You should be able to quickly and easily determine what size and style of lug nut you need when purchasing new wheels and tires. If you have questions, leave a comment below, and we will get you an answer. Until next time!


    Golf Cart Stuff Marketing Manager Christian AttleseyChristian Attlesey is the Marketing Manager here at Golf Cart Stuff™, and, in addition to the marketing department, he oversees our website and advertising responsibilities.

    ...You probably know him as the humorous & relatable host of our YouTube channel!

    Prior to taking on marketing, however, Christian honed his industry knowledge as our Customer Service Manager. Fast-forward to present day: it’s his mission to deliver the best and most current products, resources, and overall expertise to Golf Cart owners everywhere.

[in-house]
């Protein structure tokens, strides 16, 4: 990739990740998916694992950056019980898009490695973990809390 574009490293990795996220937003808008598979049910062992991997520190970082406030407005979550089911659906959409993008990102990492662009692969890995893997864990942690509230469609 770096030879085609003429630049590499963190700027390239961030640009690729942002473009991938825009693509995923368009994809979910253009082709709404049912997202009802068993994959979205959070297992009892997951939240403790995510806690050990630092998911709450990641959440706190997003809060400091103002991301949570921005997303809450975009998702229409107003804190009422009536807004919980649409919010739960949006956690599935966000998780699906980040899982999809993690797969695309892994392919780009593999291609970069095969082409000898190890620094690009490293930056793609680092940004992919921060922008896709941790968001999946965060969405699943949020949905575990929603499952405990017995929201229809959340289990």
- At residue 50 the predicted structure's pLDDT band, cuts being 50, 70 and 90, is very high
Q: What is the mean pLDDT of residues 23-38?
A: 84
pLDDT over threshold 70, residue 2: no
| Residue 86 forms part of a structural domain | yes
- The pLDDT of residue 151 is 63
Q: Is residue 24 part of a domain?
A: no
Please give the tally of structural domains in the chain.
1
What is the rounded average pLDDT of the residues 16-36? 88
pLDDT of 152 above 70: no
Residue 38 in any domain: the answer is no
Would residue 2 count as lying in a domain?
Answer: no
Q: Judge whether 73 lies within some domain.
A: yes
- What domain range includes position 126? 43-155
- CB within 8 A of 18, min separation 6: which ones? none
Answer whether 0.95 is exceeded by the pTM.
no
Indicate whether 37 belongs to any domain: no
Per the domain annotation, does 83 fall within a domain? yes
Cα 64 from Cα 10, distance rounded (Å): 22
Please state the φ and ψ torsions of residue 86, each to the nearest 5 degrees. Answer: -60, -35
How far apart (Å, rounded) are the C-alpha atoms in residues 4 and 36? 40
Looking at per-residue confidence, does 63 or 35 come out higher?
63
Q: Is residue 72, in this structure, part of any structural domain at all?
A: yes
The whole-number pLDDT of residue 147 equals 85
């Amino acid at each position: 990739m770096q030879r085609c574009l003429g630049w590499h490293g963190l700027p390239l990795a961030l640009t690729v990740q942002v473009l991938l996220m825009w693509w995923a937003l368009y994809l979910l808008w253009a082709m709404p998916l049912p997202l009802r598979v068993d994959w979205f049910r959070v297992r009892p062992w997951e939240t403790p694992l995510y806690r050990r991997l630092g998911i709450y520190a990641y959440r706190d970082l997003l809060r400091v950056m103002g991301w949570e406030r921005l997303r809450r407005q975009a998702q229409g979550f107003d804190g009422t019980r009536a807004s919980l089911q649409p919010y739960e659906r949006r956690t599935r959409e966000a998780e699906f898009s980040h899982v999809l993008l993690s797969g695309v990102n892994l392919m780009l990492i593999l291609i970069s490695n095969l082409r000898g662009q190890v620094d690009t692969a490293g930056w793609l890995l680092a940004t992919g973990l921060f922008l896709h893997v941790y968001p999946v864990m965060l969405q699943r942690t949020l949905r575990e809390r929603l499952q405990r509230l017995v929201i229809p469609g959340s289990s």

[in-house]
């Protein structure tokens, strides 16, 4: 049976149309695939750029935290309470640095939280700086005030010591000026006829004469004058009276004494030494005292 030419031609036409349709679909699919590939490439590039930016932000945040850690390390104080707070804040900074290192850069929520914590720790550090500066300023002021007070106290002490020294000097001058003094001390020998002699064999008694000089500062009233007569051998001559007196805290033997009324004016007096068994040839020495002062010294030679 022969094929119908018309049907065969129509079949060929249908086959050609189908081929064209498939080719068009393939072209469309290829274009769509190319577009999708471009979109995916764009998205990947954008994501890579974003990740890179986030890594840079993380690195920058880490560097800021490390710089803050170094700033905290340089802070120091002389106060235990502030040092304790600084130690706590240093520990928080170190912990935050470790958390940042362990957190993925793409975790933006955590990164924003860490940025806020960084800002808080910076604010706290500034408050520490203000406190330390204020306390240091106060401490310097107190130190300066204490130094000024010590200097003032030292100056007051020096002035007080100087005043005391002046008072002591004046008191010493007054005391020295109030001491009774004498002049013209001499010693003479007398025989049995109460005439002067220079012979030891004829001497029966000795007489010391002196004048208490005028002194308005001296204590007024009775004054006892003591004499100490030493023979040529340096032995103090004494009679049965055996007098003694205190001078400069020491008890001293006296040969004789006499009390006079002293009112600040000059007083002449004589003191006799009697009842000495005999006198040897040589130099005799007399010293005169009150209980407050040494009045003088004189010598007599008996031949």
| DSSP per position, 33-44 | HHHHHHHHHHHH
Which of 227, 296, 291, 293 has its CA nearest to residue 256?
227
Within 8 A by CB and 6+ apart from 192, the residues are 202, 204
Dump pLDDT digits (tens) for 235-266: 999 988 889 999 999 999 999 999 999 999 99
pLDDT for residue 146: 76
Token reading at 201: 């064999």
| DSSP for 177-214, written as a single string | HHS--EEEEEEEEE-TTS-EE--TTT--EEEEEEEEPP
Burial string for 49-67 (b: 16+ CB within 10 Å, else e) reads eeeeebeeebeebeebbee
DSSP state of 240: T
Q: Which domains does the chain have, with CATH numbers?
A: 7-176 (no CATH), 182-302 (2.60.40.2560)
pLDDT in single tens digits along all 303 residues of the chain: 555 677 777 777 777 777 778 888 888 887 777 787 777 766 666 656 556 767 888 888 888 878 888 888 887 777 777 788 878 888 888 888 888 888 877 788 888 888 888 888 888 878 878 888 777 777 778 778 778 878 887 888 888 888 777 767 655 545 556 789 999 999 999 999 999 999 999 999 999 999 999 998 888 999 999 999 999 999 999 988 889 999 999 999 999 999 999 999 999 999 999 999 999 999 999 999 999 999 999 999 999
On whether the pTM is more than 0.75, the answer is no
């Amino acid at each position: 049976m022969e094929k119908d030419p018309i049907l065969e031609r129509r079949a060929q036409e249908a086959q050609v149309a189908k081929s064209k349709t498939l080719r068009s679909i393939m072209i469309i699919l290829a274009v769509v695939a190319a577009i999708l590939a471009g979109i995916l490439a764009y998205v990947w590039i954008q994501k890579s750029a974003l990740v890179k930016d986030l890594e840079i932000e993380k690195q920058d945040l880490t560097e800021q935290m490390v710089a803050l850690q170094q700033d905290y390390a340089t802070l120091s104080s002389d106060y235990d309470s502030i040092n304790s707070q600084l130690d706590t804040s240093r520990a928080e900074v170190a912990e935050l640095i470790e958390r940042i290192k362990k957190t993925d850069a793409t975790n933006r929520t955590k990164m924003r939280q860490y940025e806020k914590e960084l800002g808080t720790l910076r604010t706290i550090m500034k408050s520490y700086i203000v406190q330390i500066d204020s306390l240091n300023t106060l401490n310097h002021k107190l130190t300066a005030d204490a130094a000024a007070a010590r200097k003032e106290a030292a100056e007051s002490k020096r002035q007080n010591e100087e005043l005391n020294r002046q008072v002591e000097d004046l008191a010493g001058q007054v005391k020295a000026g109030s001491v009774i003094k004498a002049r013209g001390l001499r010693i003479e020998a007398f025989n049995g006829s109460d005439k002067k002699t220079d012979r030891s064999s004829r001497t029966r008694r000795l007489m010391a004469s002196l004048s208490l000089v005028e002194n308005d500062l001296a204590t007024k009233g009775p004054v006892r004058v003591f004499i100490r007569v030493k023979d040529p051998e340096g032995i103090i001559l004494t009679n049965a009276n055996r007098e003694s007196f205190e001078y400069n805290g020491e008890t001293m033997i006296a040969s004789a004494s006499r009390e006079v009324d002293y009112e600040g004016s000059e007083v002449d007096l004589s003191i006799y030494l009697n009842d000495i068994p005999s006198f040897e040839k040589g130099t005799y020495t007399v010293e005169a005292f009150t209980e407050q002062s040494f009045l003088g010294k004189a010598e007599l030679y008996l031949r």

Email: sales@golfcartstuff.com
    Phone: 574-333-2494
    Text: 574-612-5195

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    Golf Cart Stuff Customer Service - June 29, 2023


    Thank you for your question! Yes, Yamaha lug nuts should still be installed and removed the same way (clockwise to tighten, counter-clockwise to loosen). The metric refers to the lug nut thread pitch. Please let us know if you have any other questions- thank you!

    Julius Wagner - June 29, 2023

    On a 2011 Yamaha Drive is the lug nut rotation still " Righty Tighty" or like the old Mopars that were “Lefty Lucy” on the left side of the vehicle?